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Spring Is Finally Here

Spring is most certainly here, finally! Just a few more weeks until we start moving our hives out to their spring sites! The bees are looking really strong and I’m glad to say we have only lost a very small percentage of them. Unfortunately, it seems many other beekeepers haven’t been as fortunate and based on early reports I’m expecting the national average of hives lost through winter to be higher than the past few.

The warm weather over the past week has really got the bees flying and many are collecting pollen from any early flowering plants such as Crocus, Snowdrops and Hellebores.  We have taken the mouse guards off now so the bees have easy access into the hive without brushing the pollen of them as they climb through.

The big job over the past week has been painting a new shed we have positioned on the farm ready for our beekeeping experiences. If you have a voucher for a beekeeping experience the dates have now been released – HERE. Direction to the farm will be sent out in your confirmation email, it’s only 2 minutes up the road from Planters Garden Centre.

We will also be using the space for our queen rearing course that we are running for more advanced beekeepers interested in producing their own queens. We only have a few spaces left on this course and we are only planning on running one this year so be sure to book on ASAP!

Looking ahead over the next two weeks we will go around checking the sites we will be moving bees to, making sure they are safe and suitable. It’s also a good chance to chat to the farmers and see how the crops are coming on. Before the end of the month all our hives will be in their spring sites and ready to collect plenty of nectar and pollen from the oil seed rape!


Gardening for bees!

Its very easy to get lulled into the garden on the first beautiful day, it’s as though the winter is over and the sun will shine for months to come. However very quickly colder temperatures reappear and we are back into Winter before we know it.  It’s the same for our bees, the first sign of sun and they’re out of the hive looking for pollen.   We can help them find it by incorporating some early spring flowers in our gardens.

Spring flowering bulbs are a great way to feed your bees.  Just like our Bees they appear when the sun is shining.   Snowdrops, Winter Aconites, Snakes Head Fritillaria and Grape Hyacinths are some of the earliest Bee friendly plants and just after they’ve flowered is a great time to dig them up, split them and replant them.  That way guaranteeing even more for next year.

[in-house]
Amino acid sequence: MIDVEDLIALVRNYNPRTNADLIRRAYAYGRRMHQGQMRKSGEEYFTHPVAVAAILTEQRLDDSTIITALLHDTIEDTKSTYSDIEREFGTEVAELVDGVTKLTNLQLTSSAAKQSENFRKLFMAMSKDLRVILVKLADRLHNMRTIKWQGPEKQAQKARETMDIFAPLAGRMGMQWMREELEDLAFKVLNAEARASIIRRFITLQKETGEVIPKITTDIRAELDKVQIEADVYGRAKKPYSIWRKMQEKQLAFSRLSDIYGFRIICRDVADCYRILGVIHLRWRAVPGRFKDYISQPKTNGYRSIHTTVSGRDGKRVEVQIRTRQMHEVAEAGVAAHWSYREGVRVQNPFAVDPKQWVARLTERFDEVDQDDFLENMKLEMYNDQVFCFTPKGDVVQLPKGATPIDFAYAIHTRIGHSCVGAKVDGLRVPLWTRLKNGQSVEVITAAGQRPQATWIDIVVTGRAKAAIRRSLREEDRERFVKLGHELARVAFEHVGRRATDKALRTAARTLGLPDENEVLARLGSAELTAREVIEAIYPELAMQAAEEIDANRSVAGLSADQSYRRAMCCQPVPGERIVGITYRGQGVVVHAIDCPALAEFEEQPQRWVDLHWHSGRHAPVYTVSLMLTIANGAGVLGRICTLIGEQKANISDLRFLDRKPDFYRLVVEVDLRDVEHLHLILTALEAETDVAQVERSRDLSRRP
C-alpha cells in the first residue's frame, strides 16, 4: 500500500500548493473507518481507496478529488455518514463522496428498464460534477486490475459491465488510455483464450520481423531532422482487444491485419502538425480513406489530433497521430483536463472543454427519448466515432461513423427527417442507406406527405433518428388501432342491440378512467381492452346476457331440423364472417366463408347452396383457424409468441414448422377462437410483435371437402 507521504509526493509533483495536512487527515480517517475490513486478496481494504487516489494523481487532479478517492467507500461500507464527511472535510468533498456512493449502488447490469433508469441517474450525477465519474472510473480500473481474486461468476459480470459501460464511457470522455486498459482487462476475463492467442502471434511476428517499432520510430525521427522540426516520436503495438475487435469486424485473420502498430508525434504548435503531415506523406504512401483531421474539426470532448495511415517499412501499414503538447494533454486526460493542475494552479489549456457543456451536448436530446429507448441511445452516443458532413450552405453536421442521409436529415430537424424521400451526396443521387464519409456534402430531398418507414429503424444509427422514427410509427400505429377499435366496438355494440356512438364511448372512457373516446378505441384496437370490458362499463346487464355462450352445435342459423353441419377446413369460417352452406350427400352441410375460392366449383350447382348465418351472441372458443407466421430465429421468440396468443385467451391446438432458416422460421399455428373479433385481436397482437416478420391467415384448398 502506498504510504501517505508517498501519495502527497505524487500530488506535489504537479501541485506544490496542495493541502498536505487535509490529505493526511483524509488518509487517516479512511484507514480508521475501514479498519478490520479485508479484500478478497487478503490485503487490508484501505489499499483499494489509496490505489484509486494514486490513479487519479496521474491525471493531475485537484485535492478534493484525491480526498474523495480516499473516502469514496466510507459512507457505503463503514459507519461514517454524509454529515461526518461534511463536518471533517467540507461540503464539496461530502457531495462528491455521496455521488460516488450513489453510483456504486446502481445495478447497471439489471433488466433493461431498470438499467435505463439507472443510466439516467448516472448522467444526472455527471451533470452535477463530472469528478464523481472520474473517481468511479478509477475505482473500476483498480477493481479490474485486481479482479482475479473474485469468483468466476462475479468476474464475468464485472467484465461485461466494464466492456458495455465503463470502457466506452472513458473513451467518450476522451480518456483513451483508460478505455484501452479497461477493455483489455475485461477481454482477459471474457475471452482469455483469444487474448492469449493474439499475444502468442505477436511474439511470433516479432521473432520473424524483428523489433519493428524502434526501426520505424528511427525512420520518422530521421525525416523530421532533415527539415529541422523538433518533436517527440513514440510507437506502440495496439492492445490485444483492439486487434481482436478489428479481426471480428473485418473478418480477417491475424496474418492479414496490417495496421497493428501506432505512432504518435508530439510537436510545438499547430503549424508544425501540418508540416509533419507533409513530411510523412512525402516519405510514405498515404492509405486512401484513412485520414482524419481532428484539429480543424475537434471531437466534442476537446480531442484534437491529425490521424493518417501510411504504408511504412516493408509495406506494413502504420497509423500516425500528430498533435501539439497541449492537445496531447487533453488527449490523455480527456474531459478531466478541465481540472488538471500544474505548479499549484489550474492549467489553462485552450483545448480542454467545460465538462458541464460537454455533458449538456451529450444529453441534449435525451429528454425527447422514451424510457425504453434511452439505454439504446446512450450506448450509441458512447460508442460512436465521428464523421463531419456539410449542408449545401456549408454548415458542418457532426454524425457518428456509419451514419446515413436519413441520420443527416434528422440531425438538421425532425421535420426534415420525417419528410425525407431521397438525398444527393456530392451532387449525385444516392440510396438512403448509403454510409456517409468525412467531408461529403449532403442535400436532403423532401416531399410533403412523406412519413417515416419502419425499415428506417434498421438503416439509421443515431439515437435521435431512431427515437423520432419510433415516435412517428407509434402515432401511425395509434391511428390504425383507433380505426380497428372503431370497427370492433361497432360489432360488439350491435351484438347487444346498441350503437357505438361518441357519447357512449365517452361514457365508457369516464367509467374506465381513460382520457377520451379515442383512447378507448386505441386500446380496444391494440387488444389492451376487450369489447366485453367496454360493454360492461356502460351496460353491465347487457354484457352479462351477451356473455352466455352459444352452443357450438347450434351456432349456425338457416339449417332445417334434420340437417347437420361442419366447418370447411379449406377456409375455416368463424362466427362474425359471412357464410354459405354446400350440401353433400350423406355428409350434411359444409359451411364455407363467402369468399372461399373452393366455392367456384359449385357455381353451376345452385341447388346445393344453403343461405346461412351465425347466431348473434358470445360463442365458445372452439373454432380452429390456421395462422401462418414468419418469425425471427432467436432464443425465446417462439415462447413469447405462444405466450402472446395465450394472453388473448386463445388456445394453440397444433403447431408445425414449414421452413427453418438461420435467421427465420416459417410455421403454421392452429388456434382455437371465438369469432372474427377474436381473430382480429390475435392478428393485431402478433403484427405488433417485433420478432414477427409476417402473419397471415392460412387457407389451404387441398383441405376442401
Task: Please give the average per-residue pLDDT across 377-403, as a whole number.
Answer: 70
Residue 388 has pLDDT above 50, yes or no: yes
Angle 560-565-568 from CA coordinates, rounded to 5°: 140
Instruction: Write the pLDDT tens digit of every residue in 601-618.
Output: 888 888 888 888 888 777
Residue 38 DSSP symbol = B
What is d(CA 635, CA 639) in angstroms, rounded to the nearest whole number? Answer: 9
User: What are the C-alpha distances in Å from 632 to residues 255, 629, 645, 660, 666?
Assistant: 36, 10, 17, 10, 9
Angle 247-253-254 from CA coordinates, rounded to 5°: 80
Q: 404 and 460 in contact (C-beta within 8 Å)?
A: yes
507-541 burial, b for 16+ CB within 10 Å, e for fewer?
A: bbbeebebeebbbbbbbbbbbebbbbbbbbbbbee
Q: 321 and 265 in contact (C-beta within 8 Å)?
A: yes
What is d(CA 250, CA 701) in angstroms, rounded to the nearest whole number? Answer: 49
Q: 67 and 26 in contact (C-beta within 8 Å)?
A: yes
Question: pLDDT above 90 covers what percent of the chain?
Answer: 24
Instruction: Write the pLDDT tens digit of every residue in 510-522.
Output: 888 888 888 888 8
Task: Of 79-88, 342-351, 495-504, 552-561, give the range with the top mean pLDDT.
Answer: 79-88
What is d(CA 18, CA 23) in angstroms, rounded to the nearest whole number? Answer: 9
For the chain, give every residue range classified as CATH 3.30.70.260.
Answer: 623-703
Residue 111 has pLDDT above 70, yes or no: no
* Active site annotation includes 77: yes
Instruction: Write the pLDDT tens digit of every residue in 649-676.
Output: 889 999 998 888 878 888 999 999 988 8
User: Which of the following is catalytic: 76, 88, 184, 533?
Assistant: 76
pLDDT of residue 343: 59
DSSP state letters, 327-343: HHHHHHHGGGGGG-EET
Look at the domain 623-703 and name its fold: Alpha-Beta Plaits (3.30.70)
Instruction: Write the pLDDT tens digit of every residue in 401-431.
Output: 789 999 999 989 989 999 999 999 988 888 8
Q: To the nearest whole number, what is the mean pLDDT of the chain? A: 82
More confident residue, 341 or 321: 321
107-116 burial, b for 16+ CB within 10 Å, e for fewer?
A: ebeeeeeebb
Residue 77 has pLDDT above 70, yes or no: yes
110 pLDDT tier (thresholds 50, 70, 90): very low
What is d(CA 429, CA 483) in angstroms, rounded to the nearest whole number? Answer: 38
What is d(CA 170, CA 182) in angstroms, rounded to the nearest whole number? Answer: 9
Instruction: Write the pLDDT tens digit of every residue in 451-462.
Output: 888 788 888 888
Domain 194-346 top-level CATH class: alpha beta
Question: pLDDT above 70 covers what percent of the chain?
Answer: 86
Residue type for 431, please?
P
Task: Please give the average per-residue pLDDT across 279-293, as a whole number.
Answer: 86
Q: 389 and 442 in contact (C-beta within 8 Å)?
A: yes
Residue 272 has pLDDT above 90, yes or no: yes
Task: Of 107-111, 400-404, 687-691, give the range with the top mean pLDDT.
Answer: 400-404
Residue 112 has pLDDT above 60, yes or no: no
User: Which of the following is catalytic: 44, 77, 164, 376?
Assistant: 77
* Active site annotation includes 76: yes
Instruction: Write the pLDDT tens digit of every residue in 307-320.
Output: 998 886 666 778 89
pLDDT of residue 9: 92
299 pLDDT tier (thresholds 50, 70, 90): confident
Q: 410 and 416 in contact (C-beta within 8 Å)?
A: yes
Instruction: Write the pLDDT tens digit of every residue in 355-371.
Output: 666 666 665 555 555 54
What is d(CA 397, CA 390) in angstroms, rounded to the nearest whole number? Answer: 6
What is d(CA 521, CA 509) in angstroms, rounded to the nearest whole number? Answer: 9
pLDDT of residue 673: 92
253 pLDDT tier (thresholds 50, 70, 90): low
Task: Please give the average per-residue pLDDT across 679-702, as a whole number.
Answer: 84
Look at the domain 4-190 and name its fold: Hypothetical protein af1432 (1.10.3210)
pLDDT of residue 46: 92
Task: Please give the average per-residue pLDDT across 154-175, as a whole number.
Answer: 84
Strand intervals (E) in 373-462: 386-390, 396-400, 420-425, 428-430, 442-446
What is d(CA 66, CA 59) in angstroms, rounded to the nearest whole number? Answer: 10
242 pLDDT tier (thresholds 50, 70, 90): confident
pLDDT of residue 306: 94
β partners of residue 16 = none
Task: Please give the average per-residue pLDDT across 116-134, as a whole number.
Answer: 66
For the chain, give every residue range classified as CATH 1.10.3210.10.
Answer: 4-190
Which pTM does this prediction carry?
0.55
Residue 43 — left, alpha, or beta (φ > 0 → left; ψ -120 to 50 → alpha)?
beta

Complimenting the early bulbs at ground level are single flowered Hellebores (Christmas Rose), Primula or Primroses, Pulmonaria (with its pastel blue flowers), Ajuga (with its burgundy foliage and deep blue flowers) and Bergenia (with its bright green elephant ear leaves and pastel pink flowers).  All of these will die away (only to reappear next spring) allowing you to plant your summer plants around them.

Twisted Hazel catkins covered in our bees!

If you want something around a meter tall, there’s Rosemary, Ribes (or flowering current), Prunus Incisa Ko Jo Mai (Fuji Cherry, masses of Pale Pink flowers), Hazel for its catkins, single Rhododendrons, Pussy Willows, Mahonia (Yellow) and Berberis Darwini (bright orange).   The latter two are great for security because of their prickly leaves.

Finally, if you want a tree look out for early flowering Almonds, crab apples and pears.

If all that sounds like a lot of work leave the dandelions until at least they’ve flowered and allow Comfrey to run riot.  Comfrey also makes a great liquid food.  Simply cut the leaves (after flowering) and allow to soak for days (even weeks) in water. 


Thank you as ever for reading our blog, your support means a lot to us. I hope as things start to open up you will be able to come and see us at more markets and events. This month our only market will be at Market Bosworth on Sunday 28th March however online orders and click and collect are still available!

Matthew Ingram
Holt Hall Apiary

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Bee Merry! Christmas is nearly here